Git integration

You can toggle Git hook via:

gramma hook

It will add/remove an entry in commit-msg hook.

Gramma follows the Git configuration file, so it should work with a non-standard hooks location.

Checker settings

Adding a word to the dictionary

Usually, you will add custom words to the local or global dictionary via interactive menu during the fix process, but you can also make it via separate command:

gramma config dictionary <your_word> [-g]


gramma config dictionary aws
gramma config dictionary figma -g

Changing default language

gramma config language <language_code> [-g]


gramma config language en-GB
gramma config language pl-PL -g

Available languages (click to expand)
Code Name languagetool.org grammarbot.io local
auto automatic language detection
ar Arabic -
ast-ES Asturian
be-BY Belarusian
br-FR Breton
ca-ES Catalan
ca-ES-valencia Catalan (Valencian)
zh-CN Chinese -
da-DK Danish
nl Dutch
nl-BE Dutch (Belgium) -
en English
en-AU English (Australian)
en-CA English (Canadian)
en-GB English (GB)
en-NZ English (New Zealand)
en-ZA English (South African)
en-US English (US)
eo Esperanto
fr French -
gl-ES Galician
de German -
de-AT German (Austria) -
de-DE German (Germany) -
de-CH German (Swiss) -
el-GR Greek
ga-IE Irish -
it Italian -
ja-JP Japanese
km-KH Khmer
fa Persian
pl-PL Polish
pt Portuguese -
pt-AO Portuguese (Angola preAO) -
pt-BR Portuguese (Brazil) -
pt-MZ Portuguese (Moçambique preAO) -
pt-PT Portuguese (Portugal) -
ro-RO Romanian
ru-RU Russian -
de-DE-x-simple-language Simple German
sk-SK Slovak
sl-SI Slovenian
es Spanish -
es-AR Spanish (voseo) -
sv Swedish
tl-PH Tagalog
ta-IN Tamil
uk-UA Ukrainian

Note: By default, Gramma uses US English (en-US).

Enabling and disabling rules

Enabling a specific rule:

gramma config enable <rule_name> [-g]

Disabling a specific rule:

gramma config disable <rule_name> [-g]


gramma config enable punctuation
gramma config enable casing -g

gramma config disable typography
gramma config disable style -g

Available rules (click to expand)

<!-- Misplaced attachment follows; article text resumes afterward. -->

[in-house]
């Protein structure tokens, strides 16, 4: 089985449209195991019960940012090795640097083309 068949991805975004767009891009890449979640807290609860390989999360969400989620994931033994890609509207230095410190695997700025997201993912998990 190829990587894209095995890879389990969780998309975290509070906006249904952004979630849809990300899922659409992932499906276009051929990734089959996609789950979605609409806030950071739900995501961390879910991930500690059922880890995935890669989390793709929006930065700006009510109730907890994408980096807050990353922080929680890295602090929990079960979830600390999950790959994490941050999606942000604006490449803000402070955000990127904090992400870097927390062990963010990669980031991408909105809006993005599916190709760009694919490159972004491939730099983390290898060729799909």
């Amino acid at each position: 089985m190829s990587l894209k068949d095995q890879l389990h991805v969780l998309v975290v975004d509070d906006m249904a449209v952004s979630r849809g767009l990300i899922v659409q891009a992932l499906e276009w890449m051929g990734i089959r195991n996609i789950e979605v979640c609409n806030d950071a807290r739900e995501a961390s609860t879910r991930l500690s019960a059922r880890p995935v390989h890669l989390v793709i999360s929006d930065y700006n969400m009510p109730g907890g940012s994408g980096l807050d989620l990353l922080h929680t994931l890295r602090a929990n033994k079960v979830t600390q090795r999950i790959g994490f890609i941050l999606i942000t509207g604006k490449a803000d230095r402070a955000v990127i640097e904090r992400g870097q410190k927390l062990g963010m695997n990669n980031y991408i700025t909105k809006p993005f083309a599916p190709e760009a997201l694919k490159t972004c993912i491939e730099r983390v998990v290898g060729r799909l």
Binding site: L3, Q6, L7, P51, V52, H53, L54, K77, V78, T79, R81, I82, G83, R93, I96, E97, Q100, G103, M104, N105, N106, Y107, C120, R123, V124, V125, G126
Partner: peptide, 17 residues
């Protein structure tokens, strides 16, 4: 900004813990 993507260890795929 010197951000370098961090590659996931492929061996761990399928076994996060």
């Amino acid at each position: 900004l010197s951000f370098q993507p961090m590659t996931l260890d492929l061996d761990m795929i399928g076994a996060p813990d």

casingRules about detecting uppercase words where lowercase is required and vice versa.
colloquialismsColloquial style.
compoundingRules about spelling terms as one word or as as separate words.
confused_wordsWords that are easily confused, like 'there' and 'their' in English.
false_friendsFalse friends: words easily confused by language learners because a similar word exists in their native language.
gender_neutralityHelps to ensure gender-neutral terms.
grammarBasic grammar check.
miscMiscellaneous rules that don't fit elsewhere.
punctuationPunctuation mistakes.
redundancyRedundant words.
regionalismsRegionalisms: words used only in another language variant or used with different meanings.
repetitionsRepeated words.
semanticsLogic, content, and consistency problems.
styleGeneral style issues not covered by other categories, like overly verbose wording.
typographyProblems like incorrectly used dash or quote characters.
typosSpelling issues.

Note: By default, all rules are enabled.

Customizing API server

Defining custom API endpoint

If you want to use remote LanguageTool server, or use the one already installed in your system (not installed via gramma server install), you can define a custom API endpoint:

gramma config api_url <custom_api_endpoint> [-g]


gramma config api_url https://my-custom-api-url.xyz/v2/check
gramma config api_url http://localhost:8081/v2/check -g

Running local server only when needed

If you do not want the local server to run all the time, you can configure Gramma to run it only when needed (run → check → close). It is useful when you run Gramma only from time to time and want to lower the memory consumption:

gramma config server_once true -g


gramma config server_once false -g

Adding API key

If you use a paid option on grammarbot.io or languagetool.org, you will receive an API key that you can use in Gramma: